Liverpool; it should have been us.
That’s what I’m hearing and reading; that because we were ahead of the Reds for much of the 2010s that it should have been us and not them, partying in the streets this week, lifting the Premier League title next.
But it wasn’t our time. It felt like it was; we had the best striker, the best defence, the best young manager. That was in 2017, when we finished two places and 10 points ahead of Liverpool. This season the new champions of England might finish 50 points clear of us. How has this happened?
The simple answer is player recruitment. While we sat on our laurels, Liverpool signed the best player available in every position that needed strengthening. Alisson, Virgil van Dijk, Fabinho, Mohamed Salah, et al. According to transfermarkt.com, Liverpool spent £320.29million over the 2017 and 2018 summers compared to Tottenham’s £109.35million. And that difference in transfer expenditure is reflected in the table, as it almost always is.
As much as we might have wanted Daniel Levy to commit to the same spending, that was not possible within our business model while simultaneously financing the new stadium. And you can argue until the cows come home that the business model is wrong, but it is that investment in the stadium and training ground which means we will have our time.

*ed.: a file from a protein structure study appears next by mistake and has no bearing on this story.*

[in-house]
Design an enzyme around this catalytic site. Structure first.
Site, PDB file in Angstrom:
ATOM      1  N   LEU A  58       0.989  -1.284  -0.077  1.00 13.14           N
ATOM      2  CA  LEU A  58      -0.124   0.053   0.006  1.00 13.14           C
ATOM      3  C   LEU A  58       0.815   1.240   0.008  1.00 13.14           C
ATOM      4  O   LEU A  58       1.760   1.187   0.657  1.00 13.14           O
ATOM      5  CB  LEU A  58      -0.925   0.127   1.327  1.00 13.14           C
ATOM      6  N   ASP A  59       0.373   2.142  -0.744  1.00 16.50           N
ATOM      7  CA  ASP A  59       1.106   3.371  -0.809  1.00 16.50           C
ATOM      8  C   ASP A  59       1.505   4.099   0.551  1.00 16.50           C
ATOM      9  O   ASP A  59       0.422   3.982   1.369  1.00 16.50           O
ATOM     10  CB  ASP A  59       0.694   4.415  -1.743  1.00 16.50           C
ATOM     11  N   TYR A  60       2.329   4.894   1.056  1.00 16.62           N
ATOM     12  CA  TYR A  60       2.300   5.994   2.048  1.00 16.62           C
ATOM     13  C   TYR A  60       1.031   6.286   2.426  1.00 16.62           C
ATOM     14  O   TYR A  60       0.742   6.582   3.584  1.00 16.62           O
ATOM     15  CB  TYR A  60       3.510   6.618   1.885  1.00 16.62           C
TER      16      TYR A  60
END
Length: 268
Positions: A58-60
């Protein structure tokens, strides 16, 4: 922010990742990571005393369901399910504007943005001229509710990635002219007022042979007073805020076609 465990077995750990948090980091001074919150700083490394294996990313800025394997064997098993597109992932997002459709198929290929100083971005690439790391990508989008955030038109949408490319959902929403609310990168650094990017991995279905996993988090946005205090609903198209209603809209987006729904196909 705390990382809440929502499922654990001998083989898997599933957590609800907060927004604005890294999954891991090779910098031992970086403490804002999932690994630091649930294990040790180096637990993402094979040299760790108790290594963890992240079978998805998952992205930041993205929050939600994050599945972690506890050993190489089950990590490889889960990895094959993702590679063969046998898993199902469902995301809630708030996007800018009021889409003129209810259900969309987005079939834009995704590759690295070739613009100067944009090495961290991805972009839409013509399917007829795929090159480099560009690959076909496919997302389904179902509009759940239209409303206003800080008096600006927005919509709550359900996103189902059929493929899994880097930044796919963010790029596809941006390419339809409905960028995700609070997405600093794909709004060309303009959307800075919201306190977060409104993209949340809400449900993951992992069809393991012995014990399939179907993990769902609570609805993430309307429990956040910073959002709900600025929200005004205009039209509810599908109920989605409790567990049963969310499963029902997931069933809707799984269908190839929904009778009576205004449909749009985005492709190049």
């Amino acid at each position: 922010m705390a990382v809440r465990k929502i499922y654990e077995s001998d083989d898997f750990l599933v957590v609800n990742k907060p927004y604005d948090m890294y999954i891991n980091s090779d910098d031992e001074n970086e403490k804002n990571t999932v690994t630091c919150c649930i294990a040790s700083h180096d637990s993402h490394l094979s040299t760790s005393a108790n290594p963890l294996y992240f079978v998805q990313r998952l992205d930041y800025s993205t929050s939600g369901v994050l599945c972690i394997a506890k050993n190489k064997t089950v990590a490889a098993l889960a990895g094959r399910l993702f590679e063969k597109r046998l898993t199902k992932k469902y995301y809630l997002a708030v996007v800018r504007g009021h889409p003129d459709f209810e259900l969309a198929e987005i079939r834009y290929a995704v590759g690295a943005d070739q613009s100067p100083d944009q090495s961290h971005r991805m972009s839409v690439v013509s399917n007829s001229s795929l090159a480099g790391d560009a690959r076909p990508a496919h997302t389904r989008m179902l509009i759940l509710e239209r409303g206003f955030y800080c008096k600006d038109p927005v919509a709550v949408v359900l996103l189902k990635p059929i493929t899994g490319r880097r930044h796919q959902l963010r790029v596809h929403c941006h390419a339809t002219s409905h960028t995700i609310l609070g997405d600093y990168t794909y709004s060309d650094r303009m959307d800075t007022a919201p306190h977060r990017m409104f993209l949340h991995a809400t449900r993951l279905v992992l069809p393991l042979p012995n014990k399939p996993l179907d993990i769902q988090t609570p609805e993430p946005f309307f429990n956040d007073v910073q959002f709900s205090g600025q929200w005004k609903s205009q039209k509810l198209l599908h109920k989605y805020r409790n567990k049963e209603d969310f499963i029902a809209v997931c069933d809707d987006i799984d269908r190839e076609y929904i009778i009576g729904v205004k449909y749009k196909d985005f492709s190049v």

Liverpool have always been a club with a massive revenue capacity and Spurs have been somewhere in the middle. Even during the years that we were finishing ahead of Liverpool, this was the case, and we were defying logic to perform as well as we were, better than we had any right to be.
We largely lucked into Harry Kane who we had cast to the loan market forever, and Danny Rose who was a failed left-winger. Dele Alli was signed as a midfielder and turned into a league-leading No.10 because we had so few goalscoring options. We even lucked into Christian Eriksen, Toby Alderweireld, and other signings who we got for far below the market value.
That was never going to be sustainable. Without installing an infrastructure which would allow us to match the revenue capacity of Liverpool and the countries’ other trophy hoarders, we could have fallen off in the same way that Everton, Newcastle, and Leeds did after they each broke into the top four – for the latter that was far as League One. Levy’s investment off the pitch has all but guaranteed this will never happen to us. We’re now a big club, economically, and the trophies will come. There is no club in Europe that has had the money-making power we now do that hasn’t won trophies, eventually. So next time it looks as though our time has come it might actually come, because then we will be generating the revenue with which to take those significant final steps that Liverpool did this time, and we didn’t. And that success will be sustainable and we’ll keep winning; it won’t be a flash in the pan trophy which any silverware in recent years, however desperately we’ve wanted it, might have been. That is Levy’s vision for us.
So I’m not here to tell you it should have been us, but to tell you that it will be us. When? I don’t know. And if you want to curse Levy for the choices he’s made every day until it happens, be my guest. But it will happen.
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